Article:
You really are a complete Knob aren't you !

It was a sarcastic reply to a previous post about dangerous gasses emitted while charging EVs [ see my quote in my post 140 and numbered responses to Lees post 124 ? ]

#143 Vanishing Point

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Posted 18 November 2011 - 18:08

You really are a complete Knob aren't you !

It was a sarcastic reply to a previous post about dangerous gasses emitted while charging EVs [ see my quote in my post 140 and numbered responses to Lees post 124 ? ]


Edited the mistake now.But the point still remains.


#144 24gerrard

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Posted 18 November 2011 - 18:32

The very best fuel cells are only 60% efficient. Add up the losses into and out of the battery, converter and regulator and you are as well just burning the stuff in an IC engine. So your range extender will become an IC engine and you end up with a Prius or Volt.

Hydrogen is hopelessly inefficient and difficult to handle both in its production and storage.


Hmmm? Just add a few more solar cells. :clap:

#145 Magoo

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Posted 18 November 2011 - 19:31

Ideally, this thread might be re-purposed as a dedicated Vanishing Point vs. 24gerrard discussion. For their exclusive and unlimited use only, no others allowed. I think this could be a big win for everyone.

#146 Tony Matthews

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Posted 18 November 2011 - 19:36

Amen.

#147 Greg Locock

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Posted 18 November 2011 - 20:04

I'd assumed one was a sock puppet of the other, in which one hand made ridiculous statements and the other used a refutation of these to make ironclad arguments. I'm not sure which is which though.

#148 24gerrard

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Posted 18 November 2011 - 20:21

I'd assumed one was a sock puppet of the other, in which one hand made ridiculous statements and the other used a refutation of these to make ironclad arguments. I'm not sure which is which though.


If you dont know Greg then perhaps you should study harder.
I think the problem starts with having spent so much time locked into obsolete technology.
I know it is difficult to see the future from such narrow confines but if you tried just that little bit harder.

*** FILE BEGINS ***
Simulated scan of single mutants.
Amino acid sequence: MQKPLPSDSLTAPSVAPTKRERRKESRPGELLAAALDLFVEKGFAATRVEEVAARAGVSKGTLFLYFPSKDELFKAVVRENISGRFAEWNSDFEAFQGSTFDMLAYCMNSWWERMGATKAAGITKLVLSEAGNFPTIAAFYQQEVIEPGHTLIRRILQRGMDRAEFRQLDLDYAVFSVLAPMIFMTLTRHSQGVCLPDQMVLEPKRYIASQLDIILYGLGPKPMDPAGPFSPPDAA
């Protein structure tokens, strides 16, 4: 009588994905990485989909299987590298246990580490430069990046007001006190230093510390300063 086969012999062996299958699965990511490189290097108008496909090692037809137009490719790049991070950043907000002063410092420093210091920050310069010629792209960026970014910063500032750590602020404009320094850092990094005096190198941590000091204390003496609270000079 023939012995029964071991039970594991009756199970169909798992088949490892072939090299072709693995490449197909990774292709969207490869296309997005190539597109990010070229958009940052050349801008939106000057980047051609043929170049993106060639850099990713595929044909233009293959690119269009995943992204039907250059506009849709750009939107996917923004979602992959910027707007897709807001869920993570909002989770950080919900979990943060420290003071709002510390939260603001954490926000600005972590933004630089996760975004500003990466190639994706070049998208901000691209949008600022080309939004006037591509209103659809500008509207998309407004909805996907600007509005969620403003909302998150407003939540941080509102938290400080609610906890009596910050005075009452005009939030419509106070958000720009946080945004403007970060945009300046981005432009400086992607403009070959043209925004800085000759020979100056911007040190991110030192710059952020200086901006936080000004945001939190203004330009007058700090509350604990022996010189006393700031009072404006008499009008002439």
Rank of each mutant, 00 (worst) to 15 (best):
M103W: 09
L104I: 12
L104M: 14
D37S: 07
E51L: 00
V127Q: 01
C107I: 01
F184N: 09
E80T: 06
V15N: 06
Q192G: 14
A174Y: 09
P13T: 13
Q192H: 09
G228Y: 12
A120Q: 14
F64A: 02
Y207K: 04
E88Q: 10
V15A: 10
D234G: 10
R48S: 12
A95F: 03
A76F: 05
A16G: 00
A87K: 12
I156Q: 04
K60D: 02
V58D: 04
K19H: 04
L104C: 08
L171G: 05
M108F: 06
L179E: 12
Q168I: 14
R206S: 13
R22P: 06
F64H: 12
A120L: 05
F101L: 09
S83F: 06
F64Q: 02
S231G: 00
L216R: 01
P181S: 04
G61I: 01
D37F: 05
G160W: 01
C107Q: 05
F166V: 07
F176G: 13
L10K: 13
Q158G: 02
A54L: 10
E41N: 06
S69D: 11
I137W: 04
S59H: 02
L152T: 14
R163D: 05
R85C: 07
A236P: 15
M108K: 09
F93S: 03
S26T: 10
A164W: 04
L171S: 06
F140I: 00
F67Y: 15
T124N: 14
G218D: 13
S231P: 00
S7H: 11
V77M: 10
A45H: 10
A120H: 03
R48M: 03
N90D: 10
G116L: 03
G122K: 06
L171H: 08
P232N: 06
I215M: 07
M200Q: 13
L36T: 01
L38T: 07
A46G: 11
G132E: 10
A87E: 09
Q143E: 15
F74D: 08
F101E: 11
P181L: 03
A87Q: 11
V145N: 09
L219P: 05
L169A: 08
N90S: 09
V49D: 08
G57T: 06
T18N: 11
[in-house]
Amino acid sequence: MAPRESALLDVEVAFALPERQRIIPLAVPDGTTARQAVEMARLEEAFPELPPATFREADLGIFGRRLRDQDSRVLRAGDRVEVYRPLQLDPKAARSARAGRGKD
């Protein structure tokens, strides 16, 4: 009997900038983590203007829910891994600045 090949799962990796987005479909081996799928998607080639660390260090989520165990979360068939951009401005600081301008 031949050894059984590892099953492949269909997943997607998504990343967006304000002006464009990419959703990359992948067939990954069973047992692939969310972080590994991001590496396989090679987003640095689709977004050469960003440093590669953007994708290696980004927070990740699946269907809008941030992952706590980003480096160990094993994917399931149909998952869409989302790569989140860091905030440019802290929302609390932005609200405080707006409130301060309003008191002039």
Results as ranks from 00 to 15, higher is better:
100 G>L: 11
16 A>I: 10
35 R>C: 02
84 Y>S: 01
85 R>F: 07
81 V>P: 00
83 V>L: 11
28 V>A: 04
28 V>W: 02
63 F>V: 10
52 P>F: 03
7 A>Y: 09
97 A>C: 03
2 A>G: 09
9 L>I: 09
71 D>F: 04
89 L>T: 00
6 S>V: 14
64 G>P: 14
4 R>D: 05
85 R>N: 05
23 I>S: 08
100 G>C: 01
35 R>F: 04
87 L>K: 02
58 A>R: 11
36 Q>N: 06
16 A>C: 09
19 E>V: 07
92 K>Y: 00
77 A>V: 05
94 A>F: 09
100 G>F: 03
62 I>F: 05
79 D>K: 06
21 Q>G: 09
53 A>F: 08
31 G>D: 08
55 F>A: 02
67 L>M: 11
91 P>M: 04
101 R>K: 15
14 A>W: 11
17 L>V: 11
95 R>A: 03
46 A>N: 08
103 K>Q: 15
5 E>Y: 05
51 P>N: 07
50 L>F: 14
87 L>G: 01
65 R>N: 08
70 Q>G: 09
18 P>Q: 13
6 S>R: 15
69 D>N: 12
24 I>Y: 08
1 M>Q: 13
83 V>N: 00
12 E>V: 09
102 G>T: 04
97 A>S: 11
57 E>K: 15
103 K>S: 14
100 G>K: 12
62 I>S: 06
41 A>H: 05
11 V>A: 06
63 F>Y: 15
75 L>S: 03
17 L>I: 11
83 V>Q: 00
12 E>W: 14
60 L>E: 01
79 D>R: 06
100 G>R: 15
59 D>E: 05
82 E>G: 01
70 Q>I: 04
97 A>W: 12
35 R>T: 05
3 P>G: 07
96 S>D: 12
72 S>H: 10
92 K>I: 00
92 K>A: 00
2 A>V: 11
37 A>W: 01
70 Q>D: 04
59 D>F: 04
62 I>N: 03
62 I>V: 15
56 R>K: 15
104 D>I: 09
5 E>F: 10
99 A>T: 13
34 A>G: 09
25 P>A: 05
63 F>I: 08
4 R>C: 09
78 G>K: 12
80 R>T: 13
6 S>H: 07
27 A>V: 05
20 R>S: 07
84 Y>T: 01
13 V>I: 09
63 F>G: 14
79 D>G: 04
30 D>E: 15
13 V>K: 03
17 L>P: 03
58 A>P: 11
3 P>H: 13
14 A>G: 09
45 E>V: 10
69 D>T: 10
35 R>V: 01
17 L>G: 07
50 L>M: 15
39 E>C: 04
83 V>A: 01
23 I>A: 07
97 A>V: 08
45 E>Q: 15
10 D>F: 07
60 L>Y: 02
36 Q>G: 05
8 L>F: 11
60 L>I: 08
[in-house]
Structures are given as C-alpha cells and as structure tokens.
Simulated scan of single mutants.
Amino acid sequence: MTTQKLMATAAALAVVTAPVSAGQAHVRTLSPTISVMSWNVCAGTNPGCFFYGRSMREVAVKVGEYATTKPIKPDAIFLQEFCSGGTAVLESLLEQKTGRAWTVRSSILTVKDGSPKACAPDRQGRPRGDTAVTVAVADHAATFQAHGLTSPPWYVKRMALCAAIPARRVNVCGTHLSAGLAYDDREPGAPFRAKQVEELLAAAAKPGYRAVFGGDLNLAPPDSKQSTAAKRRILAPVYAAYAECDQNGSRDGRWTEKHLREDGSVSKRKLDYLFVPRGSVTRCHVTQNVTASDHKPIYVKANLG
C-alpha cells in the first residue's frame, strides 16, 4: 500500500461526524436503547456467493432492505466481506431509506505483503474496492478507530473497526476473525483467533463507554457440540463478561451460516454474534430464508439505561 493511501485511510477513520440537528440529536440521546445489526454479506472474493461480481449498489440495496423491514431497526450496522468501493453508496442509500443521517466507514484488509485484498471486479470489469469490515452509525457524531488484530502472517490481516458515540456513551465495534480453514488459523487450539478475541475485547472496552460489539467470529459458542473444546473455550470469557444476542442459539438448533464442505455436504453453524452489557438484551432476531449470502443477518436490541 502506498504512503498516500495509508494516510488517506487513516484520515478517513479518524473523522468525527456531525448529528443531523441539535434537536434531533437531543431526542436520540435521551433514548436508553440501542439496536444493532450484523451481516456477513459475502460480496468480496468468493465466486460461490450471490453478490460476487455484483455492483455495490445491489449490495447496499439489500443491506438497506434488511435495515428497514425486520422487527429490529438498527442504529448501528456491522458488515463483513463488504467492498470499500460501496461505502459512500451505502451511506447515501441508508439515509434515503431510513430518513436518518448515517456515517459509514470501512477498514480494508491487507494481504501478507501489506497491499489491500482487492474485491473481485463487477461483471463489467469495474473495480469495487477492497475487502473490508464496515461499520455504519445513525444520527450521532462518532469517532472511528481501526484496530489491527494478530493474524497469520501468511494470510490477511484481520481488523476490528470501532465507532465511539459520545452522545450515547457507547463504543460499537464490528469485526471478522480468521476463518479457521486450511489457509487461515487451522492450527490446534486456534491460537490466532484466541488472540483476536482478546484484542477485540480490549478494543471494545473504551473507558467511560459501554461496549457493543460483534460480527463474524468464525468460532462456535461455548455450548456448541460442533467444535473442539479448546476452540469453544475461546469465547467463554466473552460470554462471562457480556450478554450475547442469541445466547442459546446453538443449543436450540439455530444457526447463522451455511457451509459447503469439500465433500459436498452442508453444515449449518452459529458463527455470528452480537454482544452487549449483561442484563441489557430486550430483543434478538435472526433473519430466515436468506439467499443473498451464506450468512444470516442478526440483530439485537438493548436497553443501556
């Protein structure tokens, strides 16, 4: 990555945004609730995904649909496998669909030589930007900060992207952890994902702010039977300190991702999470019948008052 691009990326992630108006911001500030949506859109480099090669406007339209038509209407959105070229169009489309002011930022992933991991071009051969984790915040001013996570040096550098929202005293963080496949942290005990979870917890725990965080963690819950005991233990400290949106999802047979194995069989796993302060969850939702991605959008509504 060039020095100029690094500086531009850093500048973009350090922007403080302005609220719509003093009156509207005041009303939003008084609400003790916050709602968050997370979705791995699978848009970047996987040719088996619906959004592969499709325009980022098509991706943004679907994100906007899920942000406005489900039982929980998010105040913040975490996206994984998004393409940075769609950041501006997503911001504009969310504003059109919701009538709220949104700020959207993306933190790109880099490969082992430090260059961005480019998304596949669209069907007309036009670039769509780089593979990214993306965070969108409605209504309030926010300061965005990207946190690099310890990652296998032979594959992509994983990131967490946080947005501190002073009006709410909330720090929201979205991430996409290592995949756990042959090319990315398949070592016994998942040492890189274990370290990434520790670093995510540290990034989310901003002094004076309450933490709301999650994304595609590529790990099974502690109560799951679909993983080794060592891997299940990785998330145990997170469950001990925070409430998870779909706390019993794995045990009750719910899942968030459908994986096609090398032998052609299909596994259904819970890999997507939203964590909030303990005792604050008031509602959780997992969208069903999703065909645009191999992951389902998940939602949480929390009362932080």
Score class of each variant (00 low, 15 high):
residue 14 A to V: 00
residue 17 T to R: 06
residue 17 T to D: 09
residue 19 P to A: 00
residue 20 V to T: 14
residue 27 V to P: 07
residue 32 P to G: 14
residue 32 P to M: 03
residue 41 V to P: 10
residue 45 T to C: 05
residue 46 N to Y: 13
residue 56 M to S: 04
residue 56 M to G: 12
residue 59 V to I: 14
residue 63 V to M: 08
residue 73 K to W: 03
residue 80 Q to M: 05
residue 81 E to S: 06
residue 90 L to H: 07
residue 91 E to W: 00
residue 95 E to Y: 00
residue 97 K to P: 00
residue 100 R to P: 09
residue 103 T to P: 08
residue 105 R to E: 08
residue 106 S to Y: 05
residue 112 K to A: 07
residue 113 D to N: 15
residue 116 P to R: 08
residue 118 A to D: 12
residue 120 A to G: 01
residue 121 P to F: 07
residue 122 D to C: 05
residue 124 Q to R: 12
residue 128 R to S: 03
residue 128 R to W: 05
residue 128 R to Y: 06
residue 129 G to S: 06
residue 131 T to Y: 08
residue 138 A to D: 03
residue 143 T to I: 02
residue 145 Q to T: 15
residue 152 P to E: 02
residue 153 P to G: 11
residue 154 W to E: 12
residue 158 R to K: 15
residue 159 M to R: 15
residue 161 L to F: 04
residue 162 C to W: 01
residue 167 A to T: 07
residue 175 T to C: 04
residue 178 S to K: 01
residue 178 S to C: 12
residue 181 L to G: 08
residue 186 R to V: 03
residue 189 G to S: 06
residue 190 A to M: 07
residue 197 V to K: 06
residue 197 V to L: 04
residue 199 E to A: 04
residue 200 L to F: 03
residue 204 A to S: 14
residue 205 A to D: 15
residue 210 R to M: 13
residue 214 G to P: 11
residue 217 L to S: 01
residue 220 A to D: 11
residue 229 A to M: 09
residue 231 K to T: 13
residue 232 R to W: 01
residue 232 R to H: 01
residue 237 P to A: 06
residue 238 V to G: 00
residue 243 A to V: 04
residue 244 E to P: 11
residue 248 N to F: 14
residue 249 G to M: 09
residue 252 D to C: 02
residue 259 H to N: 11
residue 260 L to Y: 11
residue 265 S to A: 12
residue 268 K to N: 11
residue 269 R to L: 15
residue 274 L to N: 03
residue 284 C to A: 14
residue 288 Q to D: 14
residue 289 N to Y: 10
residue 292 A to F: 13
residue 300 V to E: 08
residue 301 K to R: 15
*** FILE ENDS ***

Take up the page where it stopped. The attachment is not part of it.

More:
I am sure there would be a place for you after the changes.

I am certain Tony could draw pretty pictures of it, whatever it is, so I cant see his problem.

Edited by 24gerrard, 18 November 2011 - 20:23.


#149 Bob Riebe

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Posted 18 November 2011 - 20:57

She would get in the car, turn the key, press the accelerator - the electric motor would drive the wheels - oblivious to the snow in the engine bay.

Hmm, do electrc motors not need cooling? Does cups of water immersing an electric motor not affect it ?(but then this would cool the motor, of course if anyone has ever witnessed the vapour barrier between a glass electric range-top and water that was on the bottom of a pot or pan, one knows water works in mysterious ways.) Does not the salt that was heaving blended in with the snow not affect electronic connections? Does not cold weather- this sub-twenty degree F day, affect how far a electric crapwagon can go? Would not, if she could find an outlet to plug into, the water that would freeze, in the engine bay, in the hours it would take to recharge affect an electric motor?

You are blowing smoke with your electric vehicle just motoring down the road.
One of the major items blowing holes in your smoke screen is people with IC engines if they get careless and spend hours in a snowbank, can leave the engine running or start and restart the engine, usuallly, to stay warm. How many minutes before the person in their electric crapwagon start freezing?
The real smart ones who carry a full gas can in the trunk can even refuel.
I wonder- do they make extension cords that are miles long?

#150 24gerrard

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Posted 18 November 2011 - 21:04

Hmm, do electrc motors not need cooling? Does cups of water immersing an electric motor not affect it ?(but then this would cool the motor, of course if anyone has ever witnessed the vapour barrier between a glass electric range-top and water that was on the bottom of a pot or pan, one knows water works in mysterious ways.) Does not the salt that was heaving blended in with the snow not affect electronic connections? Does not cold weather- this sub-twenty degree F day, affect how far a electric crapwagon can go? Would not, if she could find an outlet to plug into, the water that would freeze, in the engine bay, in the hours it would take to recharge affect an electric motor?

You are blowing smoke with your electric vehicle just motoring down the road.
One of the major items blowing holes in your smoke screen is people with IC engines if they get careless and spend hours in a snowbank, can leave the engine running or start and restart the engine, usuallly, to stay warm. How many minutes before the person in their electric crapwagon start freezing?
The real smart ones who carry a full gas can in the trunk can even refuel.
I wonder- do they make extension cords that are miles long?


More efficient just to use the batteries to operate a heater element.
In anycase, what ever energy source you have, it will run out at some time and how many people have ic engined vehicle fuel tanks always full?
In the present economic climate and with current fuel costs, I would guess that few have more than about £20 worth in the tank at any one time.
Far more likely the EV is fully charged at 2p a mile.